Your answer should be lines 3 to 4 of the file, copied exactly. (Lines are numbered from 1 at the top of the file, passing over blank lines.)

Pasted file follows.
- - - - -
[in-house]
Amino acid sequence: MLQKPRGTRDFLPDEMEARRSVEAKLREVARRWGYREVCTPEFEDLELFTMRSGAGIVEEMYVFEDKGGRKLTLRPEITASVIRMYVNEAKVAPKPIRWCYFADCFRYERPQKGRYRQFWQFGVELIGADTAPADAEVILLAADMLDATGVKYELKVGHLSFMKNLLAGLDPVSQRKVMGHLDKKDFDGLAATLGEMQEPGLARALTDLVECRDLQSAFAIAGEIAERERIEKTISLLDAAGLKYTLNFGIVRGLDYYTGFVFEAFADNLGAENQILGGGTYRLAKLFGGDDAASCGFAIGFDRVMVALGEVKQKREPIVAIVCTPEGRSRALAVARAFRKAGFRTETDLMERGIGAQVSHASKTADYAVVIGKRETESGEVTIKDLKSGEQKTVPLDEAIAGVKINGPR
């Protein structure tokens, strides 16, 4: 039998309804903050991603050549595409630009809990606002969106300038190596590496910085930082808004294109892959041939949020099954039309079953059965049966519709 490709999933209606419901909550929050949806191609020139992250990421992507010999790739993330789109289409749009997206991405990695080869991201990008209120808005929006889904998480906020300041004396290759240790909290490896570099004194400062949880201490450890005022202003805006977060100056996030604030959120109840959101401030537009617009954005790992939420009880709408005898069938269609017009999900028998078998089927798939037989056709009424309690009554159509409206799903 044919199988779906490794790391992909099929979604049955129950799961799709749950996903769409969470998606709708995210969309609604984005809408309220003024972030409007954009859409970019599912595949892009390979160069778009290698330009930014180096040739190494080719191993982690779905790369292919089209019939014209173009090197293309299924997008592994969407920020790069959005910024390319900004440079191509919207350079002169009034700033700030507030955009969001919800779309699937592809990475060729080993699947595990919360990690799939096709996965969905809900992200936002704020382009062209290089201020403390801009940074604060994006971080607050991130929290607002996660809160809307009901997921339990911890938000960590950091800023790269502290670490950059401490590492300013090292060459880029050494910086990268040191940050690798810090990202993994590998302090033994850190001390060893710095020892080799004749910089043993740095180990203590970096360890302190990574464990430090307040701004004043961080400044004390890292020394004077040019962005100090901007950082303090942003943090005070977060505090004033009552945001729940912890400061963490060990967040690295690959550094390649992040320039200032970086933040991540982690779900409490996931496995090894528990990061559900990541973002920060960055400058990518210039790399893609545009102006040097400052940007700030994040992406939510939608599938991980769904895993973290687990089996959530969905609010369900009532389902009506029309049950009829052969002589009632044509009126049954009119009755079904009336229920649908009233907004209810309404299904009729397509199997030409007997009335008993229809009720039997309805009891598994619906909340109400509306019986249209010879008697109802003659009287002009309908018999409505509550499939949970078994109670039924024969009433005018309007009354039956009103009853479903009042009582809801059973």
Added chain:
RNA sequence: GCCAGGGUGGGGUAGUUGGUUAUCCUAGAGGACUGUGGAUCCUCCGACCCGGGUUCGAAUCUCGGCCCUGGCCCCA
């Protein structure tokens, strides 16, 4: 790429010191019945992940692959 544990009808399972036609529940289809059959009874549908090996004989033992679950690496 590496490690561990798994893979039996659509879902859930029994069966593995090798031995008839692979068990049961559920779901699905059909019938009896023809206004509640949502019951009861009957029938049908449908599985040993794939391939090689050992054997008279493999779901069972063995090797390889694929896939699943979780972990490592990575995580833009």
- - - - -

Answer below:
């Protein structure tokens, strides 16, 4: 039998309804903050991603050549595409630009809990606002969106300038190596590496910085930082808004294109892959041939949020099954039309079953059965049966519709 490709999933209606419901909550929050949806191609020139992250990421992507010999790739993330789109289409749009997206991405990695080869991201990008209120808005929006889904998480906020300041004396290759240790909290490896570099004194400062949880201490450890005022202003805006977060100056996030604030959120109840959101401030537009617009954005790992939420009880709408005898069938269609017009999900028998078998089927798939037989056709009424309690009554159509409206799903 044919199988779906490794790391992909099929979604049955129950799961799709749950996903769409969470998606709708995210969309609604984005809408309220003024972030409007954009859409970019599912595949892009390979160069778009290698330009930014180096040739190494080719191993982690779905790369292919089209019939014209173009090197293309299924997008592994969407920020790069959005910024390319900004440079191509919207350079002169009034700033700030507030955009969001919800779309699937592809990475060729080993699947595990919360990690799939096709996965969905809900992200936002704020382009062209290089201020403390801009940074604060994006971080607050991130929290607002996660809160809307009901997921339990911890938000960590950091800023790269502290670490950059401490590492300013090292060459880029050494910086990268040191940050690798810090990202993994590998302090033994850190001390060893710095020892080799004749910089043993740095180990203590970096360890302190990574464990430090307040701004004043961080400044004390890292020394004077040019962005100090901007950082303090942003943090005070977060505090004033009552945001729940912890400061963490060990967040690295690959550094390649992040320039200032970086933040991540982690779900409490996931496995090894528990990061559900990541973002920060960055400058990518210039790399893609545009102006040097400052940007700030994040992406939510939608599938991980769904895993973290687990089996959530969905609010369900009532389902009506029309049950009829052969002589009632044509009126049954009119009755079904009336229920649908009233907004209810309404299904009729397509199997030409007997009335008993229809009720039997309805009891598994619906909340109400509306019986249209010879008697109802003659009287002009309908018999409505509550499939949970078994109670039924024969009433005018309007009354039956009103009853479903009042009582809801059973």
Added chain: